What happens in the cooperative negotiation? Is everyone just more relaxed and not focused on the deal at hand?
Belmi: In a cooperative negotiation, sharing food creates a comfortable and familiar environment, and people can become more concerned about maintaining that atmosphere rather than finding the best deal. So, food sharing in that situation could restrict important information exchange and distract negotiators from finding the best outcomes. You’re also probably concerned about maintaining the relationship. The deal may be less important.
Does it matter what people eat?
Neale: It is the shared-ness of the food that’s important. In one of the studies, some participants were given their own plates of chips and salsa, and some were given a communal bowl. Those who ate from a communal bowl and were in a competitive negotiation created more value, and those who were in a cooperative situation created less value. It was the communal bowl that made the difference, not eating.
The suggestion might be: If you’re in a competitive negotiation, take someone to an Ethiopian restaurant!
Or, order appetizers. Did this research address the effect of sharing food in cultures outside California?
Neale: We did not look at different cultures specifically; however, the ritual of sharing food among humans is typically a cooperative one — and not just in California or the United States. So, the specific answer to your question is no; however, we would not be surprised if sharing food has a similar effect on negotiators from other countries and other cultures.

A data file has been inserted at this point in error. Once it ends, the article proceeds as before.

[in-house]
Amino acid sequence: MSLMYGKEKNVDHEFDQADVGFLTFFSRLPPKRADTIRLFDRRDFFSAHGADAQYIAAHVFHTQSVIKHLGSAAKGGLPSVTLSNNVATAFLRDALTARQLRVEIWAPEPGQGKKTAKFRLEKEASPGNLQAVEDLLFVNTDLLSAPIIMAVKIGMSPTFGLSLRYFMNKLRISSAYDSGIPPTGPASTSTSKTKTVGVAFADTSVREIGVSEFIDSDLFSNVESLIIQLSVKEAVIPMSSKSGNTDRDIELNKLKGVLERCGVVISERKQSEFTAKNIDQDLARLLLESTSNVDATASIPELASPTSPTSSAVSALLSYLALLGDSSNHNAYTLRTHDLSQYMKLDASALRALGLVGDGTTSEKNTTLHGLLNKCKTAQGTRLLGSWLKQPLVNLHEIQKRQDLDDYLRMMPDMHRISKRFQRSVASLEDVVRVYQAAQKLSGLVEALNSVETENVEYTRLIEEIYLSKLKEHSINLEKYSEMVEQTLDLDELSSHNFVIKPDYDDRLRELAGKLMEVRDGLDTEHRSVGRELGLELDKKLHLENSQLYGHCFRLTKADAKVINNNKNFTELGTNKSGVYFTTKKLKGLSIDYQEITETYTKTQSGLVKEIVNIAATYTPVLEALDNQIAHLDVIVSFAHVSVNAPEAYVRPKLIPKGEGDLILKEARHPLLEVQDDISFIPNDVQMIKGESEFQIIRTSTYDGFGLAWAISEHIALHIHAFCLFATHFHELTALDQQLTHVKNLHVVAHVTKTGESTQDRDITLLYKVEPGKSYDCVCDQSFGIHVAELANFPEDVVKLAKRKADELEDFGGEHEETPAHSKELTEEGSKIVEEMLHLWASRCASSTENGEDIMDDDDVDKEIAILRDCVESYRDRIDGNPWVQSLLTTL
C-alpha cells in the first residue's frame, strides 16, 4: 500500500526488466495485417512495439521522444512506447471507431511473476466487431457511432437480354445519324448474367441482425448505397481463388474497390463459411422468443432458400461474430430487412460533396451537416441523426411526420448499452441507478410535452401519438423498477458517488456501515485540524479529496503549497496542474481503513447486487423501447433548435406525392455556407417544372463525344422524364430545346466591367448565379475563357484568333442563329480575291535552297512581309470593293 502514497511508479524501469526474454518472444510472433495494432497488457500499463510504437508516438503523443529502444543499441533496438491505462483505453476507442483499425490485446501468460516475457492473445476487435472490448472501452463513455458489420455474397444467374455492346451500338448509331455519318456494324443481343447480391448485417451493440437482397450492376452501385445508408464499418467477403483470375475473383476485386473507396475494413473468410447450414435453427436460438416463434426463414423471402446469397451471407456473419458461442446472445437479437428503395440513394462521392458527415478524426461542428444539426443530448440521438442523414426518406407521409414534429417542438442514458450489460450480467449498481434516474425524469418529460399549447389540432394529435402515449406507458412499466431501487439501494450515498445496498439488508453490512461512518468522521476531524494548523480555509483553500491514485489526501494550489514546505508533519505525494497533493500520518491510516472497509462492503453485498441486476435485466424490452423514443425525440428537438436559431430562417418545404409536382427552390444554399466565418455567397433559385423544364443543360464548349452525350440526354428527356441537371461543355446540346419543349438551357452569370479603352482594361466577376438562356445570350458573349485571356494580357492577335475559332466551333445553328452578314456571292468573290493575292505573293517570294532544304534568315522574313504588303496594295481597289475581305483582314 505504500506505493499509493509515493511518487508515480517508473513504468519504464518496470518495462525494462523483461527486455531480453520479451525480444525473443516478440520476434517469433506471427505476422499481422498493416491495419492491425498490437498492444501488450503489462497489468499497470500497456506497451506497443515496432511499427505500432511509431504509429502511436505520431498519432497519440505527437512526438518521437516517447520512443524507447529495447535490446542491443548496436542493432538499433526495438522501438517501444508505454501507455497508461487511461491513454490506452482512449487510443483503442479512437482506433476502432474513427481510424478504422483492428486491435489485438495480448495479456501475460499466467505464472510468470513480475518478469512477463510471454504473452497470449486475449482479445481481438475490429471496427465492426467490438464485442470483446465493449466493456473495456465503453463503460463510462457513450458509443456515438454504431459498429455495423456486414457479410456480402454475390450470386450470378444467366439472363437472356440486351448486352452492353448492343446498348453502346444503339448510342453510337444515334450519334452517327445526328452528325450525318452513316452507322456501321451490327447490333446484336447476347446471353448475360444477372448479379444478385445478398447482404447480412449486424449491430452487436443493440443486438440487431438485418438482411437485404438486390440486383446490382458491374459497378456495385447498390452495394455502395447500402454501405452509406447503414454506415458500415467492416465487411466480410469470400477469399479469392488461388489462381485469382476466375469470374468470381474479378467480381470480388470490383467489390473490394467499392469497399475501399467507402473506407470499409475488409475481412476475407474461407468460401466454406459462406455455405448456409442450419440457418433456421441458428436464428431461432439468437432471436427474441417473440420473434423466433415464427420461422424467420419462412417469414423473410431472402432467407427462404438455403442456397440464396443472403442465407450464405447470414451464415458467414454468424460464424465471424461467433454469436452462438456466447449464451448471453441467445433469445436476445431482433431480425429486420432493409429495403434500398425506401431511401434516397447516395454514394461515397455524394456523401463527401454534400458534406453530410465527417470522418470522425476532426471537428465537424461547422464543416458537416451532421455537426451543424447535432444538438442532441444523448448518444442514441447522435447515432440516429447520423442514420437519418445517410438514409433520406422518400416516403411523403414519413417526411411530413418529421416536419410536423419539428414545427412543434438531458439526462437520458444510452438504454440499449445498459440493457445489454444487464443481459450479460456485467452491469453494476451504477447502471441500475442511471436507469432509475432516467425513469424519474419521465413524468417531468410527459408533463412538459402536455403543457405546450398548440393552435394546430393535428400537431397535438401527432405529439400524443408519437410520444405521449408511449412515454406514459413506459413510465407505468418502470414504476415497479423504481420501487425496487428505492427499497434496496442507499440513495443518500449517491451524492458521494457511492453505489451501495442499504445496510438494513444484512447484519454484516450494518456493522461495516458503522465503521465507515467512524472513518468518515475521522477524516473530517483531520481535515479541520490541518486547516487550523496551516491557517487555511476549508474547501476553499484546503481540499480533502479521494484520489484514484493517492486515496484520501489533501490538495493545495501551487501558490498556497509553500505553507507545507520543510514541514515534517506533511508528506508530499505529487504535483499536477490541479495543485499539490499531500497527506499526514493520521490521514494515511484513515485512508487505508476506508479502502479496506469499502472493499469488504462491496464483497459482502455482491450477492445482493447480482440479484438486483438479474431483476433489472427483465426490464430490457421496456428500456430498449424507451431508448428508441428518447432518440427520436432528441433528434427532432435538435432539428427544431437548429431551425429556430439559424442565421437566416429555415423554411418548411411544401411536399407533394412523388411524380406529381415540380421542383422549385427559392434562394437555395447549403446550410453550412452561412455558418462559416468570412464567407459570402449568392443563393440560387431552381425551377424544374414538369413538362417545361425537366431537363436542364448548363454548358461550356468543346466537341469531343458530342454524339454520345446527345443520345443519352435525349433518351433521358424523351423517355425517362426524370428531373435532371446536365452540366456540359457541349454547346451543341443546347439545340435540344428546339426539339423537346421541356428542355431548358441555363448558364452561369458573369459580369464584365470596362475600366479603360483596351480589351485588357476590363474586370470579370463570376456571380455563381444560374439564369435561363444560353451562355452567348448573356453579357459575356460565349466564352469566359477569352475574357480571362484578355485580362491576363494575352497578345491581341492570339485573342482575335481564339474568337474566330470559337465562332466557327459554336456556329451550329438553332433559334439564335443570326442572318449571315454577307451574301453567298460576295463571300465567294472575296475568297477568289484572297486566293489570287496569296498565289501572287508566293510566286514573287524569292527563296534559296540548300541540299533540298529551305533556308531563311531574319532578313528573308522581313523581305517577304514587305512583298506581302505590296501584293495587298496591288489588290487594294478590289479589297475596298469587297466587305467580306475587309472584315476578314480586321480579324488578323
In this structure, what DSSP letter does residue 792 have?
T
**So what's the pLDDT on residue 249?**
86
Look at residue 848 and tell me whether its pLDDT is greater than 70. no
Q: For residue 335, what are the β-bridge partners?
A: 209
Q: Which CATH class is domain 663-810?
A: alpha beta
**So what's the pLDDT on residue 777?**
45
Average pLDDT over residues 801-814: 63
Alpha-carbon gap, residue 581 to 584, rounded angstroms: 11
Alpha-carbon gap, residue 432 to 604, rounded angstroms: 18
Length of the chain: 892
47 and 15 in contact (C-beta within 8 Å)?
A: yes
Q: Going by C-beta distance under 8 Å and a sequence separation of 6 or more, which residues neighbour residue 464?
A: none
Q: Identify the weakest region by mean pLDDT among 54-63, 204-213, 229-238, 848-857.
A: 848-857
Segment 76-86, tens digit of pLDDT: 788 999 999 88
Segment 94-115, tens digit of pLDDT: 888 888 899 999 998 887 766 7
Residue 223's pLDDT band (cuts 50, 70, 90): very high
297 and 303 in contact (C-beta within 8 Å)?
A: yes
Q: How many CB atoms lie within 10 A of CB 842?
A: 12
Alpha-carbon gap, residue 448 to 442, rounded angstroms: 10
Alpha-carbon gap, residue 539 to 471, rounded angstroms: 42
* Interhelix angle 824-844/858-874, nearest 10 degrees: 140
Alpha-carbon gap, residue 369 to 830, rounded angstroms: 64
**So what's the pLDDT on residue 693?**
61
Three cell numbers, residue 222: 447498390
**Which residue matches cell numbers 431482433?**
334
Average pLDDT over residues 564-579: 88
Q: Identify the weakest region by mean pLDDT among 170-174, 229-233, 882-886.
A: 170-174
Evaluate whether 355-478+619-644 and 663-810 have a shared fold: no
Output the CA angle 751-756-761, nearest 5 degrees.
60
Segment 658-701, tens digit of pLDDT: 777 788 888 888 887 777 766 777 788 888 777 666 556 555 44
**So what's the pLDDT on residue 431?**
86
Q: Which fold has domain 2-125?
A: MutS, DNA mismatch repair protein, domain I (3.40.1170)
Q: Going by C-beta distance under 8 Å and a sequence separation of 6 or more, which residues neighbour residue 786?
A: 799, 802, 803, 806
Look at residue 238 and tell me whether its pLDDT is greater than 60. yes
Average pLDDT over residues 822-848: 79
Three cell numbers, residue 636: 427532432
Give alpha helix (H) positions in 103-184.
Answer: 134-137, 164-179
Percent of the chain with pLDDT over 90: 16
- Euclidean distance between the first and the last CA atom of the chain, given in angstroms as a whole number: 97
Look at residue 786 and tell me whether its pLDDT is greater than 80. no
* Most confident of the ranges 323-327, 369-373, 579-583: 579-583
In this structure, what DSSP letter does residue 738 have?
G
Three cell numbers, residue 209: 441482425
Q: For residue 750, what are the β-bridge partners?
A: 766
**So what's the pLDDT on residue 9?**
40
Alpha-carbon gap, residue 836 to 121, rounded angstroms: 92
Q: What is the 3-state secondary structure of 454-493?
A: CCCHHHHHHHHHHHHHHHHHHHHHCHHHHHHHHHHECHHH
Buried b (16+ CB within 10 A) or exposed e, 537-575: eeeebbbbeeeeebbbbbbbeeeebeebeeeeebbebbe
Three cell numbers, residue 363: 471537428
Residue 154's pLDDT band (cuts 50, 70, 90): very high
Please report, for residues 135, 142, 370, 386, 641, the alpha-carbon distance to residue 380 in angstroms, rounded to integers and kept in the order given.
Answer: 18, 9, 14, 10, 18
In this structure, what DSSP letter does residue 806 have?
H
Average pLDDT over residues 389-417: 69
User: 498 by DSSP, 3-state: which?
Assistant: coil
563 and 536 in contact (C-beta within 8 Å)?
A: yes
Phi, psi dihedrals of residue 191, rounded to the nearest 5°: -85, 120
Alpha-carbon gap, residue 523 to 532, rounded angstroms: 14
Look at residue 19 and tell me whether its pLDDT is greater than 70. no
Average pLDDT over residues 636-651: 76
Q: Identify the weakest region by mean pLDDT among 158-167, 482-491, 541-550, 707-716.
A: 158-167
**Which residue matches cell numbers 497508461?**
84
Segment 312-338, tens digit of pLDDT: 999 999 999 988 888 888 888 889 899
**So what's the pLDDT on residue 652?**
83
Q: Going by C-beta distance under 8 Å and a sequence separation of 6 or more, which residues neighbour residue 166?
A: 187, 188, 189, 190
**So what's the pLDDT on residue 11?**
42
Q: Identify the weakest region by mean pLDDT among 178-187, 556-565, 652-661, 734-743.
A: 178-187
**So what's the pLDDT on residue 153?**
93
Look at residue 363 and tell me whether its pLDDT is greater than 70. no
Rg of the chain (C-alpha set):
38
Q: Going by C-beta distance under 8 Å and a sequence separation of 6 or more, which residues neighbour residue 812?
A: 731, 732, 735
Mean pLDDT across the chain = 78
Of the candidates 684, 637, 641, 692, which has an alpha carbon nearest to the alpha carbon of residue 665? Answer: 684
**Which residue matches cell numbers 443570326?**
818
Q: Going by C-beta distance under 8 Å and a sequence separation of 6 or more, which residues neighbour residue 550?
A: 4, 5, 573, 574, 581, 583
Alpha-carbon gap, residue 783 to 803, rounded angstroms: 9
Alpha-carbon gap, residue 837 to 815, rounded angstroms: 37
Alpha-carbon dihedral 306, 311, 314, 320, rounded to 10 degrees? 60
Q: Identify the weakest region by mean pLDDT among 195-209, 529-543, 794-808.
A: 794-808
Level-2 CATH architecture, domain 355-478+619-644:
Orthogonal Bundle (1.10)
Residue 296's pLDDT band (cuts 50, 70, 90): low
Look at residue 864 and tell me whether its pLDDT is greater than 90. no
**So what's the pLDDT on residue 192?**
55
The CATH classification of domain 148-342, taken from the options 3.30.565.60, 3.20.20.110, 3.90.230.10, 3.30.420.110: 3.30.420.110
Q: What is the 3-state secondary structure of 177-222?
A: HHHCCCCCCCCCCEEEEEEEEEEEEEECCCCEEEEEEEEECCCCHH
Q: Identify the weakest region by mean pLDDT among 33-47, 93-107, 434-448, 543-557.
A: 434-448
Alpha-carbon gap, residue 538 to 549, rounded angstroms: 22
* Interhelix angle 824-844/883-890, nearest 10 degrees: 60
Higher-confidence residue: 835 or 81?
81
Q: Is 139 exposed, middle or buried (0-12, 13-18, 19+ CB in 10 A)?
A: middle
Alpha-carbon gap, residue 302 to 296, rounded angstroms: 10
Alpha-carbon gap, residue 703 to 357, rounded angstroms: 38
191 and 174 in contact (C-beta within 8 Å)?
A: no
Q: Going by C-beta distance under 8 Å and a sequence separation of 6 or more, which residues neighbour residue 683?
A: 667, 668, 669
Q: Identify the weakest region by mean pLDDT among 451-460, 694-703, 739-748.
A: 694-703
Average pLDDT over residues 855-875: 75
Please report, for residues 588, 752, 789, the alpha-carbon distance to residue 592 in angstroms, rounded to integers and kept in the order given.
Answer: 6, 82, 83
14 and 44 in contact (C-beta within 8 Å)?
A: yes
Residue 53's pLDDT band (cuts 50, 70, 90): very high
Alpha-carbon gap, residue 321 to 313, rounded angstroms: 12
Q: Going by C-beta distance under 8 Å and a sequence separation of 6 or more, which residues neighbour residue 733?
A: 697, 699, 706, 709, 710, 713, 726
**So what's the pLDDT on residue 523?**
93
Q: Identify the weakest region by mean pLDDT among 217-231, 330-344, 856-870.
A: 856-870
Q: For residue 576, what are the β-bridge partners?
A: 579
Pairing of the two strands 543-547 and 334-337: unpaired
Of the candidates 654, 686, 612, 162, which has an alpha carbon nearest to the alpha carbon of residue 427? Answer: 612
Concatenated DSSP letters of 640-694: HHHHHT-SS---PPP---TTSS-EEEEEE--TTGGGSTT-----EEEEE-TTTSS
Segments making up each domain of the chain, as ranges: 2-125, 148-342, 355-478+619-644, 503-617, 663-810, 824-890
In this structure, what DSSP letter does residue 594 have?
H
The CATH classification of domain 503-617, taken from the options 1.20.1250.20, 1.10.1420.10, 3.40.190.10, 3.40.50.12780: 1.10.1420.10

Is there more research to be done?
Neale: One area to consider is what happens when people bring the food instead of being given it. Does that affect the status of the giver and the receiver?
Isn’t it possible that sharing anything — not just food — would create the same effect?
Belmi: It’s not the effect of sharing in general. We had study participants share a calculator and didn’t see a similar difference in how our participants approached the negotiation.
What’s different about food, then? The biology? The ritual surrounding it?
Neale: Food sharing is cooperative and communal in a way that sharing a calculator is not. Sharing a calculator is slightly cooperative, but it doesn’t have the same kind of social overlay. With whom do we share food? Our families, people in our social circle. It’s the inconsistency between the competitive negotiation and the cooperative nature of sharing food that makes the difference. The lesson here is that you’re really trying to generate a sense of uncertainty. That helps you pay closer attention to your counterpart, and that, in turn, allows you to find ways to create more value.
Margaret Neale is Adams Distinguished Professor of Management. Peter Belmi, who was a doctoral student in organizational behavior at Stanford Graduate School of Business when this article first appeared, is now an assistant professor of leadership and organizational behavior at the Darden School of Business at the University of Virginia. This piece was originally published by Stanford Graduate School of Business.